After embattling the most acute lock-down due to COVID-19 since January this year the second largest economy in the world, China has started showing signs of normality with steady and gradual spell of restorations.
According to an article published by China Economic Net (CEN) China is expected to account for more than 16 percent of global GDP in 2019, has sent ripples through its people as well as the international community.
Setting aside hotbeds of COVID-19, at least 40-50% of areas inside China where new cases ebbing and those who remained safe from the epidemic, are returning to routine life.
Streets are echoing with footfall, and roads are buzzing slowly but ceaselessly. Shopping plazas are opening up to welcome visitors. Observing few cautions, people have resumed socialization.
Parks have been witnessing pedestrian movements. Flowers are blossoming at the advent of spring.
Roads that had been presenting deserted looks, began to breathe quite better spotting uptick in vehicular traffic. Night illuminations that had gone dim, have been blooming again.
A number of factories and production lines are back to business. Some have switched on their operations and some are in the starting mode.
After easing out measures on commutation and quarantine protocols, people are less panic and have been enjoying their freedom to venture out to charge up their daily life.
In order to accelerate normalcy, China’s biggest factories are offering bonuses and other incentives to workers. Governments have been hashing out strategies for transportation through planes, trains and buses to facilitate people back to work.
Several days back, two city governments booked a charter flight so 170 workers could return from Hanzhong, in central China, to the trading hub of Yiwu. Another city in the same province, Taizhou, offered to reimburse all expenses companies spend on chartering buses and fast trains.
Shanghai and Beijing have also arranged special shuttle buses to bring workers back from the countryside.
Given the fresh outlook, arranged buses have been overflowing with people.
This is a good omen that on the call of Chinese President Xi Jinping, city administrations are catalyzing all measure to bring the life back to routine. So many people have been mustering courage to get back to work.
Low-risk areas should “resume full production and normal life”, President Xi pointed
out, according to Xinhua, one of China’s official news agencies. About half of China’s counties have not reported any coronavirus cases yet, Zeng Guang, chief epidemiologist at the Chinese Center for Disease Control and Prevention, noted.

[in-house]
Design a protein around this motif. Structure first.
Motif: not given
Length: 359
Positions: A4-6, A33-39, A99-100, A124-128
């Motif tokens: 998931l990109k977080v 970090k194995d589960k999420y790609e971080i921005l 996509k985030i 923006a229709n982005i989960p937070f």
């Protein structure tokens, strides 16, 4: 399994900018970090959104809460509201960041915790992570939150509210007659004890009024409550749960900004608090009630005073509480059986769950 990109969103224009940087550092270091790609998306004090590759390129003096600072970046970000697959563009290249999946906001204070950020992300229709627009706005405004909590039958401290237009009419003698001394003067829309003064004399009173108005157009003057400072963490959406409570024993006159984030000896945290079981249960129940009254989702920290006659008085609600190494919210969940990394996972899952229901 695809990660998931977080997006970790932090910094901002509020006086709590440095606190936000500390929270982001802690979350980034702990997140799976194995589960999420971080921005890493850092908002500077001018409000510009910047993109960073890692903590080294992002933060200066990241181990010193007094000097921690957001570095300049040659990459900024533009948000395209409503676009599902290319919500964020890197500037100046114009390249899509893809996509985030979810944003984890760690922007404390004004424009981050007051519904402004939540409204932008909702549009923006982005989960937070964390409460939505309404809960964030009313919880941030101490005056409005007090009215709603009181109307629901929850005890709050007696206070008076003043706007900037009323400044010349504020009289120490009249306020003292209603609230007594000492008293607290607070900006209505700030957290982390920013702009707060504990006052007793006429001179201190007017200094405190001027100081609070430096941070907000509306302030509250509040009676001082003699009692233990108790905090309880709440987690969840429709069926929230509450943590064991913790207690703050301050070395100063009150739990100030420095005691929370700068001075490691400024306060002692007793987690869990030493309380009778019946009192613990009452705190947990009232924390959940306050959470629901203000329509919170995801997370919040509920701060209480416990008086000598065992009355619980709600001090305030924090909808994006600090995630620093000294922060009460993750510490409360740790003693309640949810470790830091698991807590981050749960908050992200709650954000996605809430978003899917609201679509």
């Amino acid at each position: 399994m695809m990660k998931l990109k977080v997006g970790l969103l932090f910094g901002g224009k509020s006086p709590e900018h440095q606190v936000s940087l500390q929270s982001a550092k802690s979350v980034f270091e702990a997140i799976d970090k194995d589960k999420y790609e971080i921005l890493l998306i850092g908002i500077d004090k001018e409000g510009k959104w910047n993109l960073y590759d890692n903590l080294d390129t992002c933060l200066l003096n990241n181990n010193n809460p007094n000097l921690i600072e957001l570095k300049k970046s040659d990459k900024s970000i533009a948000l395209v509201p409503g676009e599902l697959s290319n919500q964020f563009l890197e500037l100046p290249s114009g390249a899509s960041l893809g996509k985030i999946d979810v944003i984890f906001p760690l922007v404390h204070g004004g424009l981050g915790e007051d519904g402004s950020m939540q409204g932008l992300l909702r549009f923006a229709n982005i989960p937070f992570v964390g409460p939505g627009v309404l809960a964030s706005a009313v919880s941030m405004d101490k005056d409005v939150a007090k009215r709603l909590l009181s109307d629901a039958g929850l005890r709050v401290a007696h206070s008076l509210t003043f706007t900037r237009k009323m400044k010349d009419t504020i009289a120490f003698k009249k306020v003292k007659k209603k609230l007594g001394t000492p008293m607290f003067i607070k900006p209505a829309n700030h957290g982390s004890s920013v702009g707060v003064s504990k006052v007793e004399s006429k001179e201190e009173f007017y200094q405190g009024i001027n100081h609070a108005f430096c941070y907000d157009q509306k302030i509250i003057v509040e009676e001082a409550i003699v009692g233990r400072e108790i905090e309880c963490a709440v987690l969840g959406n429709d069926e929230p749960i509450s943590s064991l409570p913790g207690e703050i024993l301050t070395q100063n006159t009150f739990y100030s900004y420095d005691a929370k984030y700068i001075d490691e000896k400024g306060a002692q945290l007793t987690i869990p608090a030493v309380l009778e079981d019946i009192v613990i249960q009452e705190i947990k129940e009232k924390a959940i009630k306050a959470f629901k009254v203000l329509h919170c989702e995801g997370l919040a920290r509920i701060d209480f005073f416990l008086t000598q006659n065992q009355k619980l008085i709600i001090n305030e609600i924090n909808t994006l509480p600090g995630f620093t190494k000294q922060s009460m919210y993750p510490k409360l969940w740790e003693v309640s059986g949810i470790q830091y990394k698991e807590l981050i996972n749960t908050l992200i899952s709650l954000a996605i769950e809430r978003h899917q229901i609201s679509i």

In Henan, home to one of the main factories where contract manufacturer Foxconn makes Apple’s iPhones, the provincial government has normalized quarantine requirements for workers and instructed officials to “aid Foxconn Technology Group’s Zhengzhou plant return to work.”
According to media reports, recently Yanjin County sent 131 health workers on six buses.
Xingyang City dispatched 740 workers on 23 buses. A police car escorted 36 buses with 803 workers onboard from Puyang to Foxconn.
Reports say that Foxconn recently increased its bonus for returning workers to Rmb 5,250 (about $747).
Rival contract manufacturer Pegatron, also an Apple supplier, has raised Rmb10,000 bonuses to attract temporary workers to its Shanghai branch.
Though the majority of large companies in seven key eastern provinces have already resumed production, small and medium-sized businesses still face challenges in terms of resumption.
The Hengdian Group, a large private enterprise in Zhejiang Province, has also resumed production in two of its factories in February after bringing employees from a subsidiary company – Hengdian World Studios,
the world’s largest film and television production site that doubles as a sprawling theme park – to work on the assembly lines.
Employees who used to sell tickets at the theme park, are now sorting and packing Hengdian’s magnetic and lighting goods.
According to Chinese state media, over 1,000 studio workers were temporarily hired to help with factory production, including Apeloa Pharmaceuticals, another Hengdian subsidiary.